Hong Kong hotel locked down amid flu fears

Quarantined guests and hotel employees wave through the glass of the main entrance of Hong Kong's Metro Park Hotel.
In Hong Kong, where the alert level has been raised to "emergency" after reporting its first case of swine flu, authorities are trying to keep the H1N1 virus from spreading through the metropolis of 7 million people through quarantine, stepped-up border measures and surveillance.

The quarantine has extended beyond the single confirmed case, a 25-year-old Mexican man, to include more than 340 people. They include: two taxi drivers, two fellow taxi passengers, a local friend, 36 passengers within a three-row vicinity of the patient aboard a China Eastern flight from Shanghai to Hong Kong, and 300 residents and staff at the Metropark Hotel he checked into. All have been put on the antiviral drug, Tamiflu. Among the two cab drivers, one was suspected of taking the patient from the airport to the hotel, and another was believed to have taken him from the hotel to the hospital. Authorities are seeing another 40 to 50 guests whose names are on the hotel’s guest list. Some of them left their luggage behind. “They are gambling with their health, jeopardizing public health safety,” said Dr. York Chow, secretary for Food and Health, appealing to the guests to come forward.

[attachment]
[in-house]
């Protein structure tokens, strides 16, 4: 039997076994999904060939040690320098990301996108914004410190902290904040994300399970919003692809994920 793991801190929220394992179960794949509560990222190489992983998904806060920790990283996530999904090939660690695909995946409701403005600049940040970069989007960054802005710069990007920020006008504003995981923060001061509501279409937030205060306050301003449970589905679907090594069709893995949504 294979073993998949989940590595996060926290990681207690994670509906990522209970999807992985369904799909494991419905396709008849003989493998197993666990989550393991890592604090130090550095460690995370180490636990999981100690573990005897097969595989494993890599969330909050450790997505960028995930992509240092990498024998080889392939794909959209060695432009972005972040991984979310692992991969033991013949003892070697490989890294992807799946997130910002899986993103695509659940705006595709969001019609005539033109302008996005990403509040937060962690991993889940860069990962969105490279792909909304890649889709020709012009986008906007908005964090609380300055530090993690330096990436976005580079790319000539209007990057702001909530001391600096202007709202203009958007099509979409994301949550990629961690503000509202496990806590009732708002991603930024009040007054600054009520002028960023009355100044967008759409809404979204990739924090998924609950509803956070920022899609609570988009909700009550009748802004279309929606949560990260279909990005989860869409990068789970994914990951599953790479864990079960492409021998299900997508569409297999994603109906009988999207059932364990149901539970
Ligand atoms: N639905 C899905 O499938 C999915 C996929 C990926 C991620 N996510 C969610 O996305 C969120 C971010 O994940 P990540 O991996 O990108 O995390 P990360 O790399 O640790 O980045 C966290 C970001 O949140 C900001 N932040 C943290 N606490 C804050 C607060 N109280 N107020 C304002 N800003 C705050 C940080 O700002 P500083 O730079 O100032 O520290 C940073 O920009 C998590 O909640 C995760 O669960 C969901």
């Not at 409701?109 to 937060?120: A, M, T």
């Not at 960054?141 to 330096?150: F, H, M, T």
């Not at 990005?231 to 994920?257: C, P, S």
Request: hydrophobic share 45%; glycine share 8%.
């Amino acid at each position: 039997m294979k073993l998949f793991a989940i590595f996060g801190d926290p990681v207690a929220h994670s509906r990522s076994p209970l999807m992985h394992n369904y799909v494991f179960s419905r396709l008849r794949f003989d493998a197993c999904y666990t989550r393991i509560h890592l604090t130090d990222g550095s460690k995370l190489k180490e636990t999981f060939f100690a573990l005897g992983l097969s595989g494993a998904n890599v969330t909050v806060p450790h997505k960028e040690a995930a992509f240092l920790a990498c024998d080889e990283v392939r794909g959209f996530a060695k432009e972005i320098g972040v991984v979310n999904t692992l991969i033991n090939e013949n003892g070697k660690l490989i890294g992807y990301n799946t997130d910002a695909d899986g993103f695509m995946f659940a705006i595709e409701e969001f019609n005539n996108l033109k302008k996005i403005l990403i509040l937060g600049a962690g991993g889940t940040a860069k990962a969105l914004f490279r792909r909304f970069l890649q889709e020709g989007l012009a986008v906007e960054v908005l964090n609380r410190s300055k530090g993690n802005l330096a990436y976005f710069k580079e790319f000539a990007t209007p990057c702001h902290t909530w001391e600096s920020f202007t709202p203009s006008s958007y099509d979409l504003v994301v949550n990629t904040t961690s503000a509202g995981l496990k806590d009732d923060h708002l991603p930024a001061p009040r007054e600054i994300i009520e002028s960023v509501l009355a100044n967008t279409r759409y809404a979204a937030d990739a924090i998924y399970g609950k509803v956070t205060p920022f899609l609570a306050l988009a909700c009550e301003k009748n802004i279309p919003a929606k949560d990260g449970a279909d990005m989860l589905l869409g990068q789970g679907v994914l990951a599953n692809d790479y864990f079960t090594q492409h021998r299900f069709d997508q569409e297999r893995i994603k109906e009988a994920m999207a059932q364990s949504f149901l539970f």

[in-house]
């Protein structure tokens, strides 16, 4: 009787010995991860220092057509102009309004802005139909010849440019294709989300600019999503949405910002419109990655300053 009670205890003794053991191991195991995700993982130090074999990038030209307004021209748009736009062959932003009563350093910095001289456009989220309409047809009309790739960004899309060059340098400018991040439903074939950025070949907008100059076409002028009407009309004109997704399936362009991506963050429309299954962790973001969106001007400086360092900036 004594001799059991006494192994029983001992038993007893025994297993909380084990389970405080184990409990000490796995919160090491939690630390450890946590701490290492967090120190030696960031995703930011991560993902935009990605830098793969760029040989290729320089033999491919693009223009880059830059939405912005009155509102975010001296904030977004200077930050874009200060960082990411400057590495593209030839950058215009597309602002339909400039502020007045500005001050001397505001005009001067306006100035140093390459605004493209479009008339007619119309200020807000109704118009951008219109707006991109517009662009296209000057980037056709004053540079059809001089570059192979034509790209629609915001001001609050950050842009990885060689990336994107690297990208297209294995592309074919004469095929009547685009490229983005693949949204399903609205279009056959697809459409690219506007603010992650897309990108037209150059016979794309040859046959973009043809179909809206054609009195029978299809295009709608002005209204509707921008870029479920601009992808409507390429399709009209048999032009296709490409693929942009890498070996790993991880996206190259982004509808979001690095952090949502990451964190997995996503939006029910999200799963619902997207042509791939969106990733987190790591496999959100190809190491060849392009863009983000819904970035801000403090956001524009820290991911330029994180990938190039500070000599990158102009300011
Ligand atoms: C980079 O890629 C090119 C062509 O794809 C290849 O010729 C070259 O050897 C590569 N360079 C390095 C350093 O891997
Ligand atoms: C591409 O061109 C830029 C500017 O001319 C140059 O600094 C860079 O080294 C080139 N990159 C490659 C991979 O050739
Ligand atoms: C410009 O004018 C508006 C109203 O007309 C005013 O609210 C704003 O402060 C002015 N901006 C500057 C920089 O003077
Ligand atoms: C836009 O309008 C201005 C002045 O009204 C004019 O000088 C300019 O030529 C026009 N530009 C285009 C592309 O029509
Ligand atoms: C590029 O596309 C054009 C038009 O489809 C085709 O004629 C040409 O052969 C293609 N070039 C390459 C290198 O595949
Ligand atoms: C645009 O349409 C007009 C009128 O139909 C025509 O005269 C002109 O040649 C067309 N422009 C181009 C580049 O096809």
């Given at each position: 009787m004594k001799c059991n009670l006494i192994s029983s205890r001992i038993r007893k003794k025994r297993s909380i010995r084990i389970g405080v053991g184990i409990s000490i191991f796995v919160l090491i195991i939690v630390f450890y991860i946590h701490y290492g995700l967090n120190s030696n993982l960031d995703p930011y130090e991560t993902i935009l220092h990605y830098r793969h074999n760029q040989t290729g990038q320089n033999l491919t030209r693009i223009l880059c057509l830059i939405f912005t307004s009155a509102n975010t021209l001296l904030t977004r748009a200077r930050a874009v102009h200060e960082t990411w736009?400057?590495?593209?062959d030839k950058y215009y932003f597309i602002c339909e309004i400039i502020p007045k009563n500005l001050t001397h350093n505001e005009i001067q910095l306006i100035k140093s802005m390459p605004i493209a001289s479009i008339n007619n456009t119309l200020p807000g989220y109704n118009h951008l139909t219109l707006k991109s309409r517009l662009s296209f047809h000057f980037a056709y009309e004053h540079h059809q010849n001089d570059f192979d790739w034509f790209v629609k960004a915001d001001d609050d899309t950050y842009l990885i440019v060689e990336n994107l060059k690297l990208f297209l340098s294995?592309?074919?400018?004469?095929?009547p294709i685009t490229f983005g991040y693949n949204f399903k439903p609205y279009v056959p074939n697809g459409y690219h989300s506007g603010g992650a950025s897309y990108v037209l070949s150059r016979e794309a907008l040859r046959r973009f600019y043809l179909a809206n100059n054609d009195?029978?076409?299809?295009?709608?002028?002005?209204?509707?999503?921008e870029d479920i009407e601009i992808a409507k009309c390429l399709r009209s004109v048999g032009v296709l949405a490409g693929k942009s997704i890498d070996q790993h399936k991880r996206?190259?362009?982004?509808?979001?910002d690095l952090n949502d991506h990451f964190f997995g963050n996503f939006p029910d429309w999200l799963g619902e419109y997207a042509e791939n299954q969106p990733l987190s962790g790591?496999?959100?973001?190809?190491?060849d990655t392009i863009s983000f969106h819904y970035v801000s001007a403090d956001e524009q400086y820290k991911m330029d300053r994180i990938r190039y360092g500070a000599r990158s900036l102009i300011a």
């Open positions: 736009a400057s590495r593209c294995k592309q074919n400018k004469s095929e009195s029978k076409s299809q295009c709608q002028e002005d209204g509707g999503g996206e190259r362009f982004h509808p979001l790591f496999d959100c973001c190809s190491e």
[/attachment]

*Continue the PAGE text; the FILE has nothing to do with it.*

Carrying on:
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In addition to the Metropark Hotel in Wanchai district, the Lady Maclehose Holiday Village is being used as an isolation center during the one-week quarantines. The government has assured that people under quarantine will have their visas automatically extended, their hotel lodging fees waived and their onward journeys prepared. The Wanchai hotel is providing guests $200 worth of free overseas telephone calls daily. The isolation order, which went into effect Friday night, is to expire Friday at 8:30 p.m. (8:30 a.m. ET) — the length of an incubation period for swine flu. The isolation order did not extend to the air crew or remaining passengers aboard the China Eastern flight.

An airplane’s air exchange rate is high compared to that in an office or hotel, explained Yuen Kwok-yung, chair of infectious diseases at the University of Hong Kong. “Risk is very low on a plane,” he said. So far, there have been no further confirmed cases of swine flu, and no Hong Kong pigs have tested positive for the virus, Yuen said.